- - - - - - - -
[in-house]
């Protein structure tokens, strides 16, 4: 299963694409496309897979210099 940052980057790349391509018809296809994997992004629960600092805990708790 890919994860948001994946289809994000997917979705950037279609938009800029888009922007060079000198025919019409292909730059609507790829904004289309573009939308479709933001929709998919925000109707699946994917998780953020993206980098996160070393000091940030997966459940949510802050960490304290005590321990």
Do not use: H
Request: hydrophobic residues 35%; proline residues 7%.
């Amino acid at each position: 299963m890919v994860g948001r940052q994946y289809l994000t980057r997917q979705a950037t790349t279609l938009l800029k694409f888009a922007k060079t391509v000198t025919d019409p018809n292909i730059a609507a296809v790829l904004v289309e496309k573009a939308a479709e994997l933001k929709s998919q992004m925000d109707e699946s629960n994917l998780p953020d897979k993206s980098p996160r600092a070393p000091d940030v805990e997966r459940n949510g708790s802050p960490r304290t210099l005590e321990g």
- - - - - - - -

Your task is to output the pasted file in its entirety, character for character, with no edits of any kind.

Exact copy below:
[in-house]
């Protein structure tokens, strides 16, 4: 299963694409496309897979210099 940052980057790349391509018809296809994997992004629960600092805990708790 890919994860948001994946289809994000997917979705950037279609938009800029888009922007060079000198025919019409292909730059609507790829904004289309573009939308479709933001929709998919925000109707699946994917998780953020993206980098996160070393000091940030997966459940949510802050960490304290005590321990």
Do not use: H
Request: hydrophobic residues 35%; proline residues 7%.
């Amino acid at each position: 299963m890919v994860g948001r940052q994946y289809l994000t980057r997917q979705a950037t790349t279609l938009l800029k694409f888009a922007k060079t391509v000198t025919d019409p018809n292909i730059a609507a296809v790829l904004v289309e496309k573009a939308a479709e994997l933001k929709s998919q992004m925000d109707e699946s629960n994917l998780p953020d897979k993206s980098p996160r600092a070393p000091d940030v805990e997966r459940n949510g708790s802050p960490r304290t210099l005590e321990g």